|22.||Reama GH, Sposto R, Sensel MG, Lange BJ, Feusner JH, Heerema NA, et al. Treatment outcome and prognostic factors for infants with acute lymphoblastic leukemia treated on two consecutive trials of the Children's Cancer Group. J Clin Oncol 1999;17:438-40. |
|23.||Pui CH, Evans W. Acute Lymphoblastic Leukemia. New Engl J Med 1998;339:605-15. |
|24.||Levin M, Cho S. Acute tumor lysis syndrome in high grade lymphoblastic lymphoma after a prolonged episode of fever. Med Pediatr Oncol 1996;26:417-8. |
|25.||Pui CH. Recent advances in the biology and treatment of childhood acute lymphoblastic leukemia. Curr Opin Oncol 1998;5:292-301. |
|26.||Tazi I, Nafl H, Elhoudzi J, Mahmal L, Harif M. Management of pediatric tumor lysis syndrome. Arab J Nephrol Transplant 2011;4:147-54. |
|27.||Band PR, Silverberg DS, Henderson JF, Ulan RA, Wensel RH, Banerjee TK, et al. Xanthine Nephropathy in a Patient with Lymphosarcoma treated with Allopurinol. New Engl J Med 1970;283:354-7. |
|28.||Albin A, Stephens BG, Hirata T, Wilson K, Williams HE. Nephropathy, xanthinuria, and orotic aciduria complicating Burkitt's lymphoma treated with chemotherapy and allopurinol. Metabolism 1972;21:771-8. |
|29.||Greene ML, Fujimoto WY, Seegmiller JE. Urinary xathine stone-a rare complication of allopurinol therapy. New Engl J Med 1969;280:426-7. |
|30.||Pinkerton RC, Gerrard M, Hann I, Eden OB, Carter R. United Kingdom Children's Cancer Study Group (UKCCSG): Experience with the French SFOP intensive regimen for advanced B lymphoblastic lymphoma. Proc Int Soc Ped Oncol 1993; 532:A3. |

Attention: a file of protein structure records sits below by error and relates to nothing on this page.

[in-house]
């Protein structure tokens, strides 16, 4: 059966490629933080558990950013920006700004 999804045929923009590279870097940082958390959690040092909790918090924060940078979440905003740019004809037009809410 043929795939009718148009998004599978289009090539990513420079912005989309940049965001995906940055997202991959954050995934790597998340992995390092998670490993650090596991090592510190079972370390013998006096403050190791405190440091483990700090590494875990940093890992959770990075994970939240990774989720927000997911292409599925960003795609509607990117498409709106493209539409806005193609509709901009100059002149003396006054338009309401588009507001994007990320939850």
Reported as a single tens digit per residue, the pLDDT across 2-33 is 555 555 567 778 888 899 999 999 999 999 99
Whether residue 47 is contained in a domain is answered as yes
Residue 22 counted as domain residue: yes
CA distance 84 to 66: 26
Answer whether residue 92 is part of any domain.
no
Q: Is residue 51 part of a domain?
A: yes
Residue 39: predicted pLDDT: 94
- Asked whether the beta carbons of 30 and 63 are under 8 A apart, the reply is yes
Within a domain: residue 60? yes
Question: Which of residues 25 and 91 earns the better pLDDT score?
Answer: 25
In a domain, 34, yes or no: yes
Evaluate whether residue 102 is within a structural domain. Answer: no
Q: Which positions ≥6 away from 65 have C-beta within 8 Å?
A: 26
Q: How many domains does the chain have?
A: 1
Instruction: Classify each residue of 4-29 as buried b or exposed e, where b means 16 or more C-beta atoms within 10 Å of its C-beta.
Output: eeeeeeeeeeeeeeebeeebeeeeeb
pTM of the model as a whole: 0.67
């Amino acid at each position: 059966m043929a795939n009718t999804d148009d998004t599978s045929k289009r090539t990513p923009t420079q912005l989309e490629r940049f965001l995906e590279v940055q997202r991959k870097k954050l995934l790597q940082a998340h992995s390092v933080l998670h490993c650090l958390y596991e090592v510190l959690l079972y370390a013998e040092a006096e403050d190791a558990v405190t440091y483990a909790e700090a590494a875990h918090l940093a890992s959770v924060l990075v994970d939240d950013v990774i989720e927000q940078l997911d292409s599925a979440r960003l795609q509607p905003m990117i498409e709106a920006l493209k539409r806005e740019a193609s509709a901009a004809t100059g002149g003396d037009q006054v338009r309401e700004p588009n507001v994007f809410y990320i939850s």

|31.||Masera G, Jankovic M, Zurlo MG, Locasciulli A, Rossi MR, Uderzo C, et al. Urate-oxidase prophylaxis of uric acid induced renal damage in childhood leukemia. J Pediatr 1982;100:152-5. |
|32.||Pui CH, Relling MV, Lascombes F, Harrison PL, Struxiano A, Mondesir JM, et al. Urate oxidase in the prevention and treatment of hyperuricemia associated with lymphoid malignancies. Leukemia 1997;11:1813-6. |
|33.||Mahmoud HH, Leverger G, Patte C, Harvey E, Lascombes F. Advances in the management of malignancy associated hyperuricemia. Br J Cancer 1993;77 Suppl 4:18-20. |
|34.||Wilson FP, Berns JS. Onco-nephrology: Tumor lysis syndrome. Clin J Am Soc Nephrol 2012;7:1730-9. |
|35.||Firwana BM, Hasan R, Hasan N, Alahdab F, Alnahhas I, Hasan S, et al. Tumor lysis syndrome: A systematic review of case series and case reports. Postgrad Med 2012;124:92-101. |
|36.||Navolanic PM, Pui CH, Larson RA, Bishop MR. Elitek-rasburicase: An effective means to prevent and treat hyperuricemia associated with tumor lysis syndrome, a Meeting Report, Dallas, Texas, January 2002. Leukemia 2003;17:499-514. |
|37.||Hagino T. Tumor lysis syndrome (Abstract). Gan To Kagaku Ryoho 2010;37:984-8. |
[Table 1], [Table 2], [Table 3], [Table 4]